Diagnosis of Middle Ear Infection
You will be asked about your child's symptoms and medical history. A physical exam will be done. When there is ear pain or drainage from the ear, then infection is likely to be present. If the child is too young to report pain, the doctor or nurse practitioner must rely solely on looking into the child's ear with a lighted instrument, called an otoscope. The eardrum may be red, have pus behind the eardrum, and bulge outward because the fluid behind it is under pressure. A small tube and bulb (insufflator) may be attached to the otoscope so that a light puff of air can be blown into the ear. This helps the doctor see if the eardrum is moving normally.
When infection is present the eardrum is often stiffened by the presence of fluid behind it and does not move. A red, bulging drum that does not move with an air puff is a very good sign that acute otitis is present.
Unfortunately, it is often difficult to see the eardrum in very young children, and ear wax frequently makes getting a good view of the drum next to impossible. Worse, even in the absence of wax, the accurate diagnosis of middle ear infection using an otoscope is not easy. Most studies suggest that even experienced doctors may overdiagnose acute ear infections, especially if an air puff insufflator is not used. Doctors may have a particularly difficult time distinguishing between children with chronic otitis (who frequently do not need antibiotics) and those with acute otitis (for whom antibiotics are often helpful). The use of a microscope to examine the ear may also help.
Your child may be referred to a specialist for further evaluation.
Tests may include:
Tympanometry—A soft plug is inserted into the opening of the ear canal. The plug contains a speaker, a microphone, and a device that is able to alter the air pressure in the ear canal. This allows several different measures of the middle ear and eardrum and provides important information about the condition of the ear, but it is not a hearing test.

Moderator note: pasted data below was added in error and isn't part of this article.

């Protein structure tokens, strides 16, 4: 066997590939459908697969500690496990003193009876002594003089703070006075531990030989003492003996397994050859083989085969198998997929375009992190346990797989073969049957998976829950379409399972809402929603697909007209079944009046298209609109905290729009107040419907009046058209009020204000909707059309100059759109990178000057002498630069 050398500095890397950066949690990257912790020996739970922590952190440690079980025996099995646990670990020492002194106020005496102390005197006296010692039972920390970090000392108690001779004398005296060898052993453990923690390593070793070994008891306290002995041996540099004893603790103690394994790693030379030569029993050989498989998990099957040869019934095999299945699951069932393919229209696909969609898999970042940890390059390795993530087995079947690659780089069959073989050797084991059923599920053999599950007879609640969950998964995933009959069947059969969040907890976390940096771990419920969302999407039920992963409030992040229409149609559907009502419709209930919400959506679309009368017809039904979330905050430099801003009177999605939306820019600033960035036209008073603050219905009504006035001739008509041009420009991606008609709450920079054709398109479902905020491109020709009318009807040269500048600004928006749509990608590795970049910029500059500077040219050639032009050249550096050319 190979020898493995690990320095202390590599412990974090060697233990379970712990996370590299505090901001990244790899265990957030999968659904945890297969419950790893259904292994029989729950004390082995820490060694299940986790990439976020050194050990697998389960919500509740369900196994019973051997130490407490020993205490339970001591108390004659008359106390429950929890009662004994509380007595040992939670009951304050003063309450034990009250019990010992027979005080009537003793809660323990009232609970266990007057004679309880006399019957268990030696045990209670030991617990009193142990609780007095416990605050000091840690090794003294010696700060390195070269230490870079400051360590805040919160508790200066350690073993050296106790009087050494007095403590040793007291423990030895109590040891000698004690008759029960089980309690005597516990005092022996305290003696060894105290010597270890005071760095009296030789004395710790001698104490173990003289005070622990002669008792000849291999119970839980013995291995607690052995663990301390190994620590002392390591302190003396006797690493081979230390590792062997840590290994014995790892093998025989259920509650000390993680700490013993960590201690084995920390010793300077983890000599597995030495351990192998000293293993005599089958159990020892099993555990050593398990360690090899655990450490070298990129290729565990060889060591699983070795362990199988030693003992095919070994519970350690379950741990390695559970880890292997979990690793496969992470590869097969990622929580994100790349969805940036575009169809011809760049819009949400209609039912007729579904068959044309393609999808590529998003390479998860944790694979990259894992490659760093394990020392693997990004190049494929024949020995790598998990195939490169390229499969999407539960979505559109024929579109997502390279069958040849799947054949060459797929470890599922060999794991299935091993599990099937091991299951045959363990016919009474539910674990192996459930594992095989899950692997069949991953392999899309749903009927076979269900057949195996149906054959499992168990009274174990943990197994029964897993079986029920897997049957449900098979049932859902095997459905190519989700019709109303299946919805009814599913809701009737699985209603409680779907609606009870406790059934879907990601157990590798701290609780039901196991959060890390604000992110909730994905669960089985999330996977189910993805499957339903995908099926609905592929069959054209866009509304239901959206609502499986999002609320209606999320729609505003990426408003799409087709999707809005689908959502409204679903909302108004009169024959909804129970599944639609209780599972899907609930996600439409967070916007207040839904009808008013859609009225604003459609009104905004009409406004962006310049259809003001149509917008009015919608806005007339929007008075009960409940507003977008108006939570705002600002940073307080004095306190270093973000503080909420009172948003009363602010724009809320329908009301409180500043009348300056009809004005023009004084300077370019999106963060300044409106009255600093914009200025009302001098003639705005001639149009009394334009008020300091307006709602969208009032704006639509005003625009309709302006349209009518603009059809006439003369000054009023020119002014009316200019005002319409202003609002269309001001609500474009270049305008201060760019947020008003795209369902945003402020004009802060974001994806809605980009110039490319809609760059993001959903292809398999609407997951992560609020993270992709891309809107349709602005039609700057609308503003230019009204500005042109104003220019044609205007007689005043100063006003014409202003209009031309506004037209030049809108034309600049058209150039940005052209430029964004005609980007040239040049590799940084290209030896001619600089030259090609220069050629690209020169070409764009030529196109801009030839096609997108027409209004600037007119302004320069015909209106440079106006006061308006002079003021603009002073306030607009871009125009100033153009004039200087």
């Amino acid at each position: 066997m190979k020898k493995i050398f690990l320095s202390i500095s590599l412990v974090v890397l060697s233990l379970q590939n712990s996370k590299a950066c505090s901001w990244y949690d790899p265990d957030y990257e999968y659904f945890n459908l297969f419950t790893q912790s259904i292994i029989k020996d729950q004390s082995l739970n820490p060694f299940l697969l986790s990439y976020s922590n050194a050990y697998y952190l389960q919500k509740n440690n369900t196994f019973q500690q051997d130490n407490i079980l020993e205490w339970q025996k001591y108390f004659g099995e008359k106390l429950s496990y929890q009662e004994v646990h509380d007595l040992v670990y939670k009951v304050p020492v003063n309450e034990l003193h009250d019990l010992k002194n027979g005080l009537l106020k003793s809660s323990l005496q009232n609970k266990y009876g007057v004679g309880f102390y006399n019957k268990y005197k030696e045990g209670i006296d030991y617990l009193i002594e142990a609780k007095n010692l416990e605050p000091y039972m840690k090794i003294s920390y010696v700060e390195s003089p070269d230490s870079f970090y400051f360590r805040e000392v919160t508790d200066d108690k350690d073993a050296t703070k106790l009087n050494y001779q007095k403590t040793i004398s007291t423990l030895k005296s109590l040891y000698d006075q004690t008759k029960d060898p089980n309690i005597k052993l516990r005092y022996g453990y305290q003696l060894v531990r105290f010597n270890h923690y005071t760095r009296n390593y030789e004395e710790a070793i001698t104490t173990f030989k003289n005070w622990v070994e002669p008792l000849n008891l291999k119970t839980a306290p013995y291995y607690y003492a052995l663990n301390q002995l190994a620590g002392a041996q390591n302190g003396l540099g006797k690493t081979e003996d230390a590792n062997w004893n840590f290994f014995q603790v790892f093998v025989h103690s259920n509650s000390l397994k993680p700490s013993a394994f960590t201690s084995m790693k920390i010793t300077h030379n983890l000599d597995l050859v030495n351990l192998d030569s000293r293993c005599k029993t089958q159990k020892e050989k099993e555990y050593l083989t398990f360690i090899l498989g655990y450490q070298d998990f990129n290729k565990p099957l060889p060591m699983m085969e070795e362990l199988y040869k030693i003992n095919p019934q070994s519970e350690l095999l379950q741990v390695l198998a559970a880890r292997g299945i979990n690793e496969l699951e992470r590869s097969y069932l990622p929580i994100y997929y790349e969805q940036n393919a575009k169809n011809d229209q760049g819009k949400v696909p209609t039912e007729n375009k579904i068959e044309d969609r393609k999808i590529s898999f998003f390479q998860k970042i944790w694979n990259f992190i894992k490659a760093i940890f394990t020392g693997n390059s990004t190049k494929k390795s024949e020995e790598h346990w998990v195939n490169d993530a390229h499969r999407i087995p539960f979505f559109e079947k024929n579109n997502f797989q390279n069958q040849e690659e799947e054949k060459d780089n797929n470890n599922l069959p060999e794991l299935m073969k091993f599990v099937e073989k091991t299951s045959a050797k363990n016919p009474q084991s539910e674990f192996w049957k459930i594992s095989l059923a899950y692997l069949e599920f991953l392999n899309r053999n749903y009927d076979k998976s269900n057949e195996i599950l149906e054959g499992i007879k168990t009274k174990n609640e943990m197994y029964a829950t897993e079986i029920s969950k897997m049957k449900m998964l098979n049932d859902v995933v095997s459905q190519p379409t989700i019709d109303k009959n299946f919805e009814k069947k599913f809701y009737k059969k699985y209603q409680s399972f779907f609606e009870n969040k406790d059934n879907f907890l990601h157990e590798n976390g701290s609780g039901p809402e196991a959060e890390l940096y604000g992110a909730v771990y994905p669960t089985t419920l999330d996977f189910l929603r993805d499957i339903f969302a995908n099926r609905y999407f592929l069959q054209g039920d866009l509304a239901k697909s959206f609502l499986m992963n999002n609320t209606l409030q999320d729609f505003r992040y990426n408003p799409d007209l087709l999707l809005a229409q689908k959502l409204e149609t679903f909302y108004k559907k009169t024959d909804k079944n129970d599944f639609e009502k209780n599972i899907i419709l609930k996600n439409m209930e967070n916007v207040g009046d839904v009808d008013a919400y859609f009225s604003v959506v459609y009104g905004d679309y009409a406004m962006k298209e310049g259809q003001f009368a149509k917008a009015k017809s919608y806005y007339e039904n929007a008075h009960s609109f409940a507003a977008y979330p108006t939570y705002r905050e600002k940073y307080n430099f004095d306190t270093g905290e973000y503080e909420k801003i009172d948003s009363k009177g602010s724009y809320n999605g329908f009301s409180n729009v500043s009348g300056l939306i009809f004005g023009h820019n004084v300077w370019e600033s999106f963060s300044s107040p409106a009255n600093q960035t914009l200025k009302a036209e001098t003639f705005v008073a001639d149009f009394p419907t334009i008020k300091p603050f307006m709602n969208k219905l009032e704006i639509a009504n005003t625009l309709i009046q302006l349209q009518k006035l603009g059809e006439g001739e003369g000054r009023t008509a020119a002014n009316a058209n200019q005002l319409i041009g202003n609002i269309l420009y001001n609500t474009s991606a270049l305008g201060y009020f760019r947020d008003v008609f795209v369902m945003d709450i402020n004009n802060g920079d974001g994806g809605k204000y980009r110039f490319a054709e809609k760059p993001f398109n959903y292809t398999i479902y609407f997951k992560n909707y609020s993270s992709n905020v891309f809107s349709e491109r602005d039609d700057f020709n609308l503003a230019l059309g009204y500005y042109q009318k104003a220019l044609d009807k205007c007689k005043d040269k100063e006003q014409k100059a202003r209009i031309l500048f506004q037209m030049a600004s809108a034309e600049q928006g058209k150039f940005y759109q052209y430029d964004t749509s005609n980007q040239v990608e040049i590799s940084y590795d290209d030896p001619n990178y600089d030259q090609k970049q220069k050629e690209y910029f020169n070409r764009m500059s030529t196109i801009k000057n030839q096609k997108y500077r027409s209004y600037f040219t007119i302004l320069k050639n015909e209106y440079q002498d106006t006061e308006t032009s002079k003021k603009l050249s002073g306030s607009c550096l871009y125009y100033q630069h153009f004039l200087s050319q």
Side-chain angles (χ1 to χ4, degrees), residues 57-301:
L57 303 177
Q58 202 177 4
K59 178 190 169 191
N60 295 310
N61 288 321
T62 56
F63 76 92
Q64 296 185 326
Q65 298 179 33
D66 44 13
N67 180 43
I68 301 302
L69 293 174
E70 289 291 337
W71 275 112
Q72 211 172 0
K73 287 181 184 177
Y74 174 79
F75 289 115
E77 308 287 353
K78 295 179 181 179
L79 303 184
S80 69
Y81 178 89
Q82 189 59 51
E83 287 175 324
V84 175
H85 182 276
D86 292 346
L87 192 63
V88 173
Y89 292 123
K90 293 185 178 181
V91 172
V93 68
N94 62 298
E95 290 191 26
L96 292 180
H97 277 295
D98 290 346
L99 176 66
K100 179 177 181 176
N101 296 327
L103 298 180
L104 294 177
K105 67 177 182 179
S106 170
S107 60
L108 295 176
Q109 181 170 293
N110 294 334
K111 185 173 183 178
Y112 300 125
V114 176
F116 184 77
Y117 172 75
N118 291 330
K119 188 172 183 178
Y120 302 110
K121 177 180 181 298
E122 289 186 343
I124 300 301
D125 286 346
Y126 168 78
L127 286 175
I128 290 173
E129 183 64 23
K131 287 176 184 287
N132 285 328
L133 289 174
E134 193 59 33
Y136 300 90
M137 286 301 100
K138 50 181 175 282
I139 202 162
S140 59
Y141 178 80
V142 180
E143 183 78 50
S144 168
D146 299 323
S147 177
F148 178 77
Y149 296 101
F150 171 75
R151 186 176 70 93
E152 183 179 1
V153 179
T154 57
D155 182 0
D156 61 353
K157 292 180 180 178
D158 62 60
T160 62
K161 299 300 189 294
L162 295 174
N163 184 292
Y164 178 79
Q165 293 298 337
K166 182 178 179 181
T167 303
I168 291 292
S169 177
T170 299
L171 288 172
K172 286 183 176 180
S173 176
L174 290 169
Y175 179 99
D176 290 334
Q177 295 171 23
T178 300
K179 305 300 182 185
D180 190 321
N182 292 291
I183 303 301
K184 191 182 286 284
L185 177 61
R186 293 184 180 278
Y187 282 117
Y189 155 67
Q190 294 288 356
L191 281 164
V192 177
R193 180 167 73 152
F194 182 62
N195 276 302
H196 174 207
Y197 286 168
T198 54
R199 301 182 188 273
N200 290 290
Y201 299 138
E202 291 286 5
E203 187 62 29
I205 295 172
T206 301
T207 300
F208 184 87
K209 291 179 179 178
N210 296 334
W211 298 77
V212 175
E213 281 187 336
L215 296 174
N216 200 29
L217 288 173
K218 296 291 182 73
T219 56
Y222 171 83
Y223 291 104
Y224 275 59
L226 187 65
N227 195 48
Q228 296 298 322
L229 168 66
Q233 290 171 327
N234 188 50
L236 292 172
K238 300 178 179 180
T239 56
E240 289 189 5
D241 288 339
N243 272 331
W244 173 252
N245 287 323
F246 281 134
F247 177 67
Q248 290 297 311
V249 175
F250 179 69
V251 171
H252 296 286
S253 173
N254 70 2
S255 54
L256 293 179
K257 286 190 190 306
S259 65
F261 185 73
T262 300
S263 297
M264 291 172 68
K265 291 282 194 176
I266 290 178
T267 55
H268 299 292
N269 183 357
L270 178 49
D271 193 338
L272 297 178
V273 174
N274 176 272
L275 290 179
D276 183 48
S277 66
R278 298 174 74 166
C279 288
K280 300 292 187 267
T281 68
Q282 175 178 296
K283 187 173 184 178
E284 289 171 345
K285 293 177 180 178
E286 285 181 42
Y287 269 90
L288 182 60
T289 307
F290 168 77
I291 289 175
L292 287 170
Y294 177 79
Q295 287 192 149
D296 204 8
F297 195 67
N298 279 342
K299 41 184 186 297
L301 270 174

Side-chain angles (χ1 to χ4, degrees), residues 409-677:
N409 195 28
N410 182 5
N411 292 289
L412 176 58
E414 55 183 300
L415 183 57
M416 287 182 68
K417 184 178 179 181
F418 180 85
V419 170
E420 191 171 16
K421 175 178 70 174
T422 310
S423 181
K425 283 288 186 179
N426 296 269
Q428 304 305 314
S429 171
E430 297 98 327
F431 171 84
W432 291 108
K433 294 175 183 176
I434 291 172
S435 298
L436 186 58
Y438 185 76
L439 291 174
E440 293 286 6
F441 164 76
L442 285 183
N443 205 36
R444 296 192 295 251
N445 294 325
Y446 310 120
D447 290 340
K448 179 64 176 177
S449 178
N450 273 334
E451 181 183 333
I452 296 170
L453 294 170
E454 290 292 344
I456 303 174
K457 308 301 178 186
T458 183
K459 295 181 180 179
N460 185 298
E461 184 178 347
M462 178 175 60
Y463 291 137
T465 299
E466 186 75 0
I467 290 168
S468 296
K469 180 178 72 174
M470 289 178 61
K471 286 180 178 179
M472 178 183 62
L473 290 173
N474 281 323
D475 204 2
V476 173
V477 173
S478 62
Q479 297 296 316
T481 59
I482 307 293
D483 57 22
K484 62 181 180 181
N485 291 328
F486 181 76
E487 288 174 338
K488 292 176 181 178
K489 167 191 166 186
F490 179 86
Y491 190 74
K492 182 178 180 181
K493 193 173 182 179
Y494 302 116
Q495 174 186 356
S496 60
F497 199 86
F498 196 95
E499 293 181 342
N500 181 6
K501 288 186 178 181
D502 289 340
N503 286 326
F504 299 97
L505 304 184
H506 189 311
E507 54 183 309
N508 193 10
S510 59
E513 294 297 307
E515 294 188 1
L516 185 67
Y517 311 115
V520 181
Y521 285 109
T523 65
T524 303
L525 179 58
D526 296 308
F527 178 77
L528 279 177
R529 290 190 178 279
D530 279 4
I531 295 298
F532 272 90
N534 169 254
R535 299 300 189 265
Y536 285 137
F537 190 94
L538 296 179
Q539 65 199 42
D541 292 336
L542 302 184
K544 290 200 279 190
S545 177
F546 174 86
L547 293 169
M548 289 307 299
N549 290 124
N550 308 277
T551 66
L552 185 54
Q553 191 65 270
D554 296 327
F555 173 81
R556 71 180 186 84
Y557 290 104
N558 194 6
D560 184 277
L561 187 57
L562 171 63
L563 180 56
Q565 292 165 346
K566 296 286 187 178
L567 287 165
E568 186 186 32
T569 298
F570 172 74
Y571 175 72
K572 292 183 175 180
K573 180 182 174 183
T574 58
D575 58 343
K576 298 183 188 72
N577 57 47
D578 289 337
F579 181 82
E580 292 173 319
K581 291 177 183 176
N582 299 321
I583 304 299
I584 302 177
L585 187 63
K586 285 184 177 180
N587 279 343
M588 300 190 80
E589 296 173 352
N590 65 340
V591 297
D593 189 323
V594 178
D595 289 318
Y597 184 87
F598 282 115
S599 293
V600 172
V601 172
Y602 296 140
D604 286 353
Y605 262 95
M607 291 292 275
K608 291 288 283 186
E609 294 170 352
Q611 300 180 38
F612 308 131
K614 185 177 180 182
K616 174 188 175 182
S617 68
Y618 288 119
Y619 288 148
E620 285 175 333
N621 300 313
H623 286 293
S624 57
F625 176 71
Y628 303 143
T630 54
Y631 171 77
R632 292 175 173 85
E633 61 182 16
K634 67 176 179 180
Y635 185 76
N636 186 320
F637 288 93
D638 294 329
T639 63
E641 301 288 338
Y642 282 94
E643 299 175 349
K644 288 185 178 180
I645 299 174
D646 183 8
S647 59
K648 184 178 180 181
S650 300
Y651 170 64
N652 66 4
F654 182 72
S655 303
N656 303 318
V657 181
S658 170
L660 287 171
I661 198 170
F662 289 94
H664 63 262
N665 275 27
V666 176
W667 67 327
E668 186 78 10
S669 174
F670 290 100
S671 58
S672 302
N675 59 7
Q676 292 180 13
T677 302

Hearing test—A hearing test may be ordered in cases of repeat ear infections or if there are signs of hearing impairment, such as speaking in a louder voice, sitting closer to the television or turning up the volume.
Tympanocentesis—A needle is used to withdraw fluid or pus from the middle ear under local or general anesthesia. This fluid can then be cultured to determine if bacteria are present in the fluid. After the bacteria are cultured, the lab can determine which drugs are best for treatment. However, the fluid does not always have bacteria in it.
Acute otitis media (AOM). EBSCO DynaMed Plus website. Available at:
http://www.dynamed.com/topics/dmp~AN~T116345/Acute-otitis-media-AOM. Updated May 17, 2016. Accessed September 27, 2017.
Ear infections in children.
National Institute on Deafness and Other Communication Disorders (NIDCD)
website. Available at:
http://www.nidcd.nih.gov/health/hearing/pages/earinfections.aspx. Updated May 12, 2017. Accessed September 27, 2017.
Middle ear infections. Healthy Children—American Academy of Pediatrics website. Available at:
https://www.healthychildren.org/English/health-issues/conditions/ear-nose-throat/Pages/Middle-Ear-Infections.aspx. Updated February 22, 2013. Accessed September 27, 2017.
Lieberthal AS, Carroll AE, Chonmaitree T, et al. The diagnosis and management of acute otitis media.
- Reviewer: EBSCO Medical Review Board
Marcie L. Sidman, MD
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